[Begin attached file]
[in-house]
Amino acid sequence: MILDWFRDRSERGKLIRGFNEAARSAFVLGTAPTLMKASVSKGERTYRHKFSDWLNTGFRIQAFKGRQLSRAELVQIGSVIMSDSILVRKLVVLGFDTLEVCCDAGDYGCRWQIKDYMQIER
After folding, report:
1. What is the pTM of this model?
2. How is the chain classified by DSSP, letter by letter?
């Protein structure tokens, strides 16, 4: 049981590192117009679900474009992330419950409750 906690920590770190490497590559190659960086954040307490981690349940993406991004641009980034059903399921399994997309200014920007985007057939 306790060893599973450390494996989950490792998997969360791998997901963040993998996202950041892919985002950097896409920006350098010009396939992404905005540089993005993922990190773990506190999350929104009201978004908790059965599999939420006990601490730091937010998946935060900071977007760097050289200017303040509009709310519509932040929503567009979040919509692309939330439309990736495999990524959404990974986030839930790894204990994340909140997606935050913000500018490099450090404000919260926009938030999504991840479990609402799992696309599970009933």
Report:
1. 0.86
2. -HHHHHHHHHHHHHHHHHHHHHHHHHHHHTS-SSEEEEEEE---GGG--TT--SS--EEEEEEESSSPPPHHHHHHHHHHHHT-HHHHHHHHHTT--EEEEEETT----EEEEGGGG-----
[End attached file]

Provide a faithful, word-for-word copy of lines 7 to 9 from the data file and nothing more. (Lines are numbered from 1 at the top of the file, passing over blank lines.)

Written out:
Report:
1. 0.86
2. -HHHHHHHHHHHHHHHHHHHHHHHHHHHHTS-SSEEEEEEE---GGG--TT--SS--EEEEEEESSSPPPHHHHHHHHHHHHT-HHHHHHHHHTT--EEEEEETT----EEEEGGGG-----